Quail outlook: A tough season ahead
Posted October 17, 2018
Lack of winter moisture to blame for low bird numbers
PHOENIX — Those record-setting rains that soaked most of the state, including the Valley, over the first two weeks of October?
If you’re an Arizona bird hunter, keep your fingers crossed there’s even more on the way over the next few months to help give quail populations a desperately needed boost in 2019-2020.
As for the 2018-2019 season, which begins Friday, “well below average” might be the best way to describe statewide quail-hunting prospects. On second thought, it might be too kind.
“The winter precipitation patterns (last year) were not good for Arizona’s desert quail (Gambel’s and scaled),” said Wade Zarlingo, small game program manager for the Arizona Game and Fish Department. “Gambel’s quail spring call counts were 50 percent below our 10-year averages, meaning breeding activity was poor.
“We had good monsoon moisture throughout Arizona and habitat conditions to support chick development and survival. With poor winter rains and good monsoon moisture, we usually see very spread-out hatches with low brood survival for Gambel’s and scaled quail.”
So, where are the quail?
“Overall, desert quail numbers seem to be much lower than we typically see,” Zarlingo said. “Gambel’s quail are very widespread south of the Mogollon Rim, and there will be pockets where it will be possible to harvest a fair number of birds.
“Keep in mind that Gambel’s and scaled quail populations have been very depressed for a number of years, and it will take consecutive years of timely winter precipitation to bring back those populations to where they were in the late 1980s.”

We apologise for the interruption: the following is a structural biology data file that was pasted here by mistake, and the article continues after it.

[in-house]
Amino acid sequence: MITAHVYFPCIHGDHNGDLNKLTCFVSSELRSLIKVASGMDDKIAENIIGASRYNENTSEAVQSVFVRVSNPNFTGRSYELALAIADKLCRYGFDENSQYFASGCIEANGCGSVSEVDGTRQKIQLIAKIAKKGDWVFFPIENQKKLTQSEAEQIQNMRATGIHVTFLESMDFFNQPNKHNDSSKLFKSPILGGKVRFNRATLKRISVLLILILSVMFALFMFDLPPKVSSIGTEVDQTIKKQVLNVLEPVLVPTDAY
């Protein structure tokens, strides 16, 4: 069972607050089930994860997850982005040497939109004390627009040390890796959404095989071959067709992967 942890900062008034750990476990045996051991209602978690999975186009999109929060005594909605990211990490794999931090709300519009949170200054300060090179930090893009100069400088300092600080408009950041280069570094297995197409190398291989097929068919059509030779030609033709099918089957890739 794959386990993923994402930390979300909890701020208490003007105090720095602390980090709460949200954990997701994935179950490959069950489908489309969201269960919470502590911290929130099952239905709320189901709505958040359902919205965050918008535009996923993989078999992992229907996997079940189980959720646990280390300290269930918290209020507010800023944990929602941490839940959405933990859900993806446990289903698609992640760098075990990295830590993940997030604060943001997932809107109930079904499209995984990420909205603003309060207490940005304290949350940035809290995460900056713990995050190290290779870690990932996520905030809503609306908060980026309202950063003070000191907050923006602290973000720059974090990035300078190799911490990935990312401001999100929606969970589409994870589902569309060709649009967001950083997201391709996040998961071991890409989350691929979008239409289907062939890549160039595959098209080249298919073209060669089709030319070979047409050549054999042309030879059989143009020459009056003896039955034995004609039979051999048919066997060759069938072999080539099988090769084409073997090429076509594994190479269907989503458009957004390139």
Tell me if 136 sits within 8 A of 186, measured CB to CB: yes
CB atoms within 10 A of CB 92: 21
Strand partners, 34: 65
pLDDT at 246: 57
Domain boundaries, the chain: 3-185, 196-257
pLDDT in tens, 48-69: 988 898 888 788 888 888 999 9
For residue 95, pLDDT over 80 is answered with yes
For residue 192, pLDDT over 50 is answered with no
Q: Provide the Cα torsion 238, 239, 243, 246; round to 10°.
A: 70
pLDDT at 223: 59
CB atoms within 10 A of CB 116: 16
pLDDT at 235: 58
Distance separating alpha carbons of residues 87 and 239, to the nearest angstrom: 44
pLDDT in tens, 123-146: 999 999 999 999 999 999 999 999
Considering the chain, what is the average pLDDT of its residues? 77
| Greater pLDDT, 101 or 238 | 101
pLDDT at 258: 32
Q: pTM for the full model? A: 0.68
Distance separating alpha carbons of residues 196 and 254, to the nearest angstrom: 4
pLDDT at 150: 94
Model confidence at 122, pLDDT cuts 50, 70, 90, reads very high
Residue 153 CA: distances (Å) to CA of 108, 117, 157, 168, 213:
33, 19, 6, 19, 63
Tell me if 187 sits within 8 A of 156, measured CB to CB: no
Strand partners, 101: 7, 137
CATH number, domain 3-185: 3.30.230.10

When it comes to scaled quail, found mainly in Cochise and southern Graham counties, Zarlingo said populations have been hit hard by drought and habitat degradation from tree and shrub invasion into grassland areas. Local wildlife managers report poor call counts for scaled quail, so prospects for this season do not look good.
Meanwhile, hunters should note that the season for Mearns’ quail doesn’t begin until Dec. 7. Zarlingo said Cochise and southern Pima counties are the traditional strongholds for these birds, which favor oak-grassland or pine-grassland savannas. The outlook for this season is much better, as brood survival is predicated on timely monsoon rains.
“The summer monsoon moisture was good statewide, with rain falling throughout the summer,” Zarlingo said. “Without surveys associated with Mearns’ quail, we’re expecting a good year for brood production.”
The season for Gambel’s, scaled and California quail, which receives little hunting pressure and is found along the Little Colorado River drainage near Springerville, opens Friday, Oct. 19, and runs through Sunday, Feb. 10, 2019. Mearns’ quail can be hunted starting Friday, Dec. 7, 2018, through Sunday, Feb. 10, 2019.
A valid Arizona hunting or combination license is required for all hunters 10 and older. Those hunters under 10 must either have a valid hunting or combination license, or be accompanied by an adult who possesses a valid hunting or combination license. Licenses can be purchased online or at license dealers statewide. A youth combination license (ages 10 to 17) is $5.